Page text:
REMS compliance. The FDA's focus on REMS obliges manufacturers to demonstrate control over the use and distribution of their products [8]. That can be a costly exercise, but penalties for products that don't comply with REMS begin at $250,000 for the first offense. An ODA system might be especially valuable in cases where the FDA mandates controlled distribution of a product. In fact, debate is occurring right now about whether the FDA should impose greater control over Schedule II narcotics. But even products requiring basic REMS may benefit from an ODA system because it would demonstrate brand owners' concern for patients' well-being and offer a powerful management tool for compliance and planning.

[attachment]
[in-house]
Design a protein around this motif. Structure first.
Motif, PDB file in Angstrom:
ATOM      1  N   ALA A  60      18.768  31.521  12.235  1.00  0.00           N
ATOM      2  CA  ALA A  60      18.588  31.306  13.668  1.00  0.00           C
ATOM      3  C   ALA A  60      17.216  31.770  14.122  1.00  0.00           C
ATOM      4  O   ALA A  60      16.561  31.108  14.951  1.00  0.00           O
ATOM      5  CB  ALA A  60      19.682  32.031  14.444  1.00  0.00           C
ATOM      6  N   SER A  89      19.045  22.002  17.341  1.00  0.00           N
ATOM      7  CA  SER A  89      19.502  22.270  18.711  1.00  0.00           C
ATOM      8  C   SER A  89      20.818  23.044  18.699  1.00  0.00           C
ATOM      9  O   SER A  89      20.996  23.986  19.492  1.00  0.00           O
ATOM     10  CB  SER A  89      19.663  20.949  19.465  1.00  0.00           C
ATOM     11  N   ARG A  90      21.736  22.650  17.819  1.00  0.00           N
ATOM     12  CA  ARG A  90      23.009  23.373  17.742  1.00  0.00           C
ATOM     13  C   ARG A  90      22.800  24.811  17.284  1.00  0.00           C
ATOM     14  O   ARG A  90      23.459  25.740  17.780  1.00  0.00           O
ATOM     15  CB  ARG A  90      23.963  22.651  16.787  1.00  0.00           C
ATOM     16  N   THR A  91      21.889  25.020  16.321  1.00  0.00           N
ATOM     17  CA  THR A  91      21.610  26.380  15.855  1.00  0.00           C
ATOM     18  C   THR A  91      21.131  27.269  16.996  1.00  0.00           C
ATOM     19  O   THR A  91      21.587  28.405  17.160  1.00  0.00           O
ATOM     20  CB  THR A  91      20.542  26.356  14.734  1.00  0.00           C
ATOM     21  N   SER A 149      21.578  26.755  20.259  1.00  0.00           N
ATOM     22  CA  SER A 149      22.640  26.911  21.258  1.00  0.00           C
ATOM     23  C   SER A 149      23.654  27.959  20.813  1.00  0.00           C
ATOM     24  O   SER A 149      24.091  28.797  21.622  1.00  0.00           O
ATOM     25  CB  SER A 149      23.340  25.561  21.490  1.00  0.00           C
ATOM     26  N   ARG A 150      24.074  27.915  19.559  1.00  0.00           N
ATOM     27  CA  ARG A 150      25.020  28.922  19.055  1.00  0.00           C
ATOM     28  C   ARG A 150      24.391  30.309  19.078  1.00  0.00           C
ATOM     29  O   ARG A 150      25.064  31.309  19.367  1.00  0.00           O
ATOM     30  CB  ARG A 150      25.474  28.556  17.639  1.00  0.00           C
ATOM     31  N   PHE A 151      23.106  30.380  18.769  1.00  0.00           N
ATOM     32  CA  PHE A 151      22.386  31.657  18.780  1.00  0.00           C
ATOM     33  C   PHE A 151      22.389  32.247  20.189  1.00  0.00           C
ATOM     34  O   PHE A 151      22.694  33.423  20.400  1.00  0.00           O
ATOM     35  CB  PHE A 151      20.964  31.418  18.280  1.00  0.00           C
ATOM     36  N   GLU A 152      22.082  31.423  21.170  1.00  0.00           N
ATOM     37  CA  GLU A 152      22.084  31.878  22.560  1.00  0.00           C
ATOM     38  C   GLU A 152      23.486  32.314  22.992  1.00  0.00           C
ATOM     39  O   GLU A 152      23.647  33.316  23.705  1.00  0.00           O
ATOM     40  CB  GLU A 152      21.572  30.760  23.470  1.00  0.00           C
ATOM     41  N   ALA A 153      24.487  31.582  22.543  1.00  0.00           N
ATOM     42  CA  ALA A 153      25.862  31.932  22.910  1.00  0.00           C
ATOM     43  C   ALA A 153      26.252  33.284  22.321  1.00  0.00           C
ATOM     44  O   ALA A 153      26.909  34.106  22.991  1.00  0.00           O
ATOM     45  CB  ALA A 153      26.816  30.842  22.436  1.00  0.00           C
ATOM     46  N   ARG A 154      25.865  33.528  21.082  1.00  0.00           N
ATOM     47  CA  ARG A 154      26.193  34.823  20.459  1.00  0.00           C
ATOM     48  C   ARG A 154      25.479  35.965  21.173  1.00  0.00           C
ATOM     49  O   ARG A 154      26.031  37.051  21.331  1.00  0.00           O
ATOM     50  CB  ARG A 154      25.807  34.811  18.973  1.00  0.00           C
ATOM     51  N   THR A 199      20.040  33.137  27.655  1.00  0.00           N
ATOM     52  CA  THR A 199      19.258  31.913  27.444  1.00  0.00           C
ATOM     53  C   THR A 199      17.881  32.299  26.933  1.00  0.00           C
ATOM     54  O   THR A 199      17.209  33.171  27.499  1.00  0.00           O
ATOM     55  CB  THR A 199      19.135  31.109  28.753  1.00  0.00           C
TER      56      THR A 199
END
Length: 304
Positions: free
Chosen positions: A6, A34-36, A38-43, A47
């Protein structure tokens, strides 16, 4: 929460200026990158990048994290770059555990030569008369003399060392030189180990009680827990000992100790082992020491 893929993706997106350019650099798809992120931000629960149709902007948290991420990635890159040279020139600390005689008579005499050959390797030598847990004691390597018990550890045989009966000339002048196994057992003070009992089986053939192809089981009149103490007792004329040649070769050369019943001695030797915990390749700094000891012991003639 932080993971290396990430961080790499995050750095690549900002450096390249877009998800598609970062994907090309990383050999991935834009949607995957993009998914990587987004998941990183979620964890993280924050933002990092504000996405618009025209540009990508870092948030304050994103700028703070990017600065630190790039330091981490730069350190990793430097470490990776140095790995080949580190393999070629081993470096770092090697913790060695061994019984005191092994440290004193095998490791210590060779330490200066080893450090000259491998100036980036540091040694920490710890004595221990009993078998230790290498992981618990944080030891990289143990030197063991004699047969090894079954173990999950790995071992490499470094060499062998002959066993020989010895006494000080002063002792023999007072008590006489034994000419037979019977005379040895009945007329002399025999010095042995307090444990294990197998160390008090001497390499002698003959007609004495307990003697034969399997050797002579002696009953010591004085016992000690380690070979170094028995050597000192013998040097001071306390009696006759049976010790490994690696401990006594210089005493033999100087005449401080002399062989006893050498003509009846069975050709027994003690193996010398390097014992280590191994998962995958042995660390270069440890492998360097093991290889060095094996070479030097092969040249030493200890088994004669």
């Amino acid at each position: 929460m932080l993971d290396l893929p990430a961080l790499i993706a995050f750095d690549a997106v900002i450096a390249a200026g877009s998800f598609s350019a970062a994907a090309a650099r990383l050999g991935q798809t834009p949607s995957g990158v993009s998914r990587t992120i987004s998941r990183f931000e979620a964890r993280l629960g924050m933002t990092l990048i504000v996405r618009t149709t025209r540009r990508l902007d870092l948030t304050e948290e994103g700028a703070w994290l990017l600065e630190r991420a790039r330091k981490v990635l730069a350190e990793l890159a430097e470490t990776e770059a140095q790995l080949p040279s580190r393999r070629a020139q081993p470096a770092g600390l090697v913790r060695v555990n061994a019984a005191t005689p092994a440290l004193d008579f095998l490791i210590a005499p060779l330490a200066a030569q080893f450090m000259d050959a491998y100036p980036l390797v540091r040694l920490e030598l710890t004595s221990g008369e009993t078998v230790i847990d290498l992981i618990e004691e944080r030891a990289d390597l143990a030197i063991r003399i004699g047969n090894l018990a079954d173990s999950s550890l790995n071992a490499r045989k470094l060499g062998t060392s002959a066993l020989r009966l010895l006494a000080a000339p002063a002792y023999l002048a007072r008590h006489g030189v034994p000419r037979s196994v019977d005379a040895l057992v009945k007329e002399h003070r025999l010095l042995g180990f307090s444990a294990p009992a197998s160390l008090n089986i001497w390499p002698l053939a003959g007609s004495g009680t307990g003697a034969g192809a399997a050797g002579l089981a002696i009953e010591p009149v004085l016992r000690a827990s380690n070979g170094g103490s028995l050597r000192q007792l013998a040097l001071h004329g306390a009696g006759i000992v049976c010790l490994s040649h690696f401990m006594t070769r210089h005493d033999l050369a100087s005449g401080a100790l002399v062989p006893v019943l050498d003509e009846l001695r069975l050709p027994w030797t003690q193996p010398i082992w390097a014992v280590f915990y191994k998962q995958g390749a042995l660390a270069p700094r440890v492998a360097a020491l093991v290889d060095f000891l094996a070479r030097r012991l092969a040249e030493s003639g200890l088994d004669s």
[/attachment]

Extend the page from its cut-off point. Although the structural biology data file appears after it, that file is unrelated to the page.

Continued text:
Clinical trials. In blinded clinical trials in which the placebo and comparator appear identical to the investigated drug product, a covert ODA system provides dosage-level tracking of the many small batches used in a trial. A clinical research organization can use an automated ODA system to check and reconfirm the provenance of products in a blister pack without revealing the information to blinded patients or administrators. The importance of this dosage-level authentication increases as brand owners outsource clinical trials, including sending them offshore.
 
Types of ODA systems
The key is finding an ODA system that can support all of those functions. Several approaches are available on the market, including ones that use:
  • Botanical DNA, which can hold vast amounts of information as a forensic marker;
  • Small fluctuations in the amount or ratio of key ingredients to differentiate between products or lots;
  • Taggants of GRAS materials that bear symbols visible only through a microscope;
  • Nano-size lithography or etching of the surfaces of tablets or capsules that special equipment at authentication centers identifies and interprets;